TRAVEL THERE:NORWEGIAN EPIC’S FIRST FREESTYLE FAIL
OK – I’ve already mentioned that I was a little concerned about the whole free-style thing, but we’d been on the boat for several hours and for the most part, free-styling felt pretty much like traditional cruising.
Lobster Night Chaos
After the sail-away we returned to our stateroom and did our first dressing dance. Then we met our friends and rode the elevator down to Deck 7. The elevator doesn’t go to Deck 6 where the the restaurant is. Deb speculated that it was to force you to go through the casino, but since the casino’s on six, I never figured out the logic. Anyway, we went down a flight of stairs and entered chaos.
According to the Q&A section of Norwegian’s website, the first night is lobster night in the main dining rooms, so we didn’t want to miss it. Apparently, no one else did either. We showed up about 8 PM with two hours to spare before our reservations for the Blue Man Group, but that just showed how green we were to free-style. You’re free to do everything except show up for dinner at the main dining room and expect a seat.
Deb and Joe stood in line for Manhattan, while Bill and I rushed down to Taste to see if it was any more likely we’d get a table there. We might have been slightly better off at Taste, but when we returned to discuss it with our friends. they’d gotten one of the restaurant buzzers that let’s you wander around in the vicinity of a restaurant and they’d gotten coupons for free champagne. Our concerns took a back seat to the champagne.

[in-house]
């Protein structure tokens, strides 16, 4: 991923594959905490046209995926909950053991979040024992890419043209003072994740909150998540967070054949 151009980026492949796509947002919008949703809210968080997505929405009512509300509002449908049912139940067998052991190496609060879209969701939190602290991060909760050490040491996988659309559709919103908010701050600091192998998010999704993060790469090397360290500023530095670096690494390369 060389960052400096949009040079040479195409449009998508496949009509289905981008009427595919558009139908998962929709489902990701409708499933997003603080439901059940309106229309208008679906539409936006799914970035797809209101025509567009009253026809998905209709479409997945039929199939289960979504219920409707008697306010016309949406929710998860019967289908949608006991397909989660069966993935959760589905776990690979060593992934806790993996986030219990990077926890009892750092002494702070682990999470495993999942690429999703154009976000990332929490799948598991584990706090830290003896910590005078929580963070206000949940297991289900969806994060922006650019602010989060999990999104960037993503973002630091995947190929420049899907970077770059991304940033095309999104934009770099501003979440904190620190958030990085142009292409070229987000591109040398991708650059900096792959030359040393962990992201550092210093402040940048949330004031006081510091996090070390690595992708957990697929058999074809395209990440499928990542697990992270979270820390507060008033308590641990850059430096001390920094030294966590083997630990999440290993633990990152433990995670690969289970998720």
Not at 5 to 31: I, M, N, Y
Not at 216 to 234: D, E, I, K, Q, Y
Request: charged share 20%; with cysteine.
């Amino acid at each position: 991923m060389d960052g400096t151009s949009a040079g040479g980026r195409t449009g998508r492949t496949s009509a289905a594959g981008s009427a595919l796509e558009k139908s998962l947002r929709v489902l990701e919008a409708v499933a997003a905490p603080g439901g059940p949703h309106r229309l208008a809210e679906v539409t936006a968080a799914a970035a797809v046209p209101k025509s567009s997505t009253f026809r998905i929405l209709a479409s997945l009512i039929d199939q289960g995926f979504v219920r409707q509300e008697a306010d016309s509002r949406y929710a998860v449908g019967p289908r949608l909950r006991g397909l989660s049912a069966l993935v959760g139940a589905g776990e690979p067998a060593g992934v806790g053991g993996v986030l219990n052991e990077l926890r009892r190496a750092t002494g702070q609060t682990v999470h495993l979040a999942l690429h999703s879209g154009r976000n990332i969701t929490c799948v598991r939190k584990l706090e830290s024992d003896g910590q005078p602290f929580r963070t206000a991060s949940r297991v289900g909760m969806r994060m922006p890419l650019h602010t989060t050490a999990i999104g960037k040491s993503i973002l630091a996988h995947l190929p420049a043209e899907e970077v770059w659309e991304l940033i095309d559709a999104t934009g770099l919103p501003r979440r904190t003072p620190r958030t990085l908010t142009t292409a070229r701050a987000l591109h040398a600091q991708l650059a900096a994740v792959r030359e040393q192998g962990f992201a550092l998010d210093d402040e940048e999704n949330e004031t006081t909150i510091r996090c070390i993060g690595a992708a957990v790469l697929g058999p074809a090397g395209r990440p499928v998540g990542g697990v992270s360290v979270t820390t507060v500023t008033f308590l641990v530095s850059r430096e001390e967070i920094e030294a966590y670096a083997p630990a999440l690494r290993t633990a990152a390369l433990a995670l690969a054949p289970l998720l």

We found Maltings, a whiskey tasting bar, and enjoyed the free champagne. Nearby, a crooner strummed a guitar and played old folk favorites, but once the champagne was gone, we heard the clock counting down to Blue Man. We tromped back downstairs and Deb did the honors. Her reward was a finger-wagging scolding from the hostess for returning before the buzzer summoned us. We were obviously failing at freestyle, but before we could contemplate the enormity of our sin, the buzzer went off and all was forgiven.
We were shown to our seats and before too long a waitress showed up. When Deb let her know we had to be out of there in time for Blue Man, the waitress gave us another lesson in free-style. Seems we really shouldn’t book a show after dinner, if we plan on eating in one of the main dining rooms. They don’t tell you that on the website, but our waitress was quick to fill us in. The show was still an hour and a half away, but she behaved as if we’d asked for the moon.
For starters, Bill got a shrimp something, Deb got salmon tartare and I got a salad. (I was still hoping I wouldn’t fall completely off the food wagon.) Deb and Bill loved their’s, but whoever washed the lettuce for my salad failed to dry it off. My Caesar Salad was watery and also very heavy on the anchovies.
Then the surf and turf arrived and our mood improved, but my steak was gristlely and the lobster was small. I wished I’d copied Bill and double-ordered lobster to replace the steak. It wasn’t the end of the world and it looked like we’d have plenty of time to make the show – until we ordered dessert and waited and waited and waited and…
As we waited we compared notes on cruising and Epic was not coming out ahead. The dinner-time mob scene had been disconcerting. We’d have gladly traded our free champagne for an assurance we’d make it to the show. Then someone mentioned the entertainment. To one side of the Manhattan stage, sat a lone man playing a guitar. We could barely hear him, but we think he was playing Beatles songs. We hoped we weren’t seeing Epic’s best foot forward. We’d been expecting more.
Finally, about five minutes before curtain, I announced we’d have to forego dessert. We hightailed it to the other end of the deck to the Epic Theater and found mediocre seats moments before the lights went down. How was The Blue Man Group? Find out next week!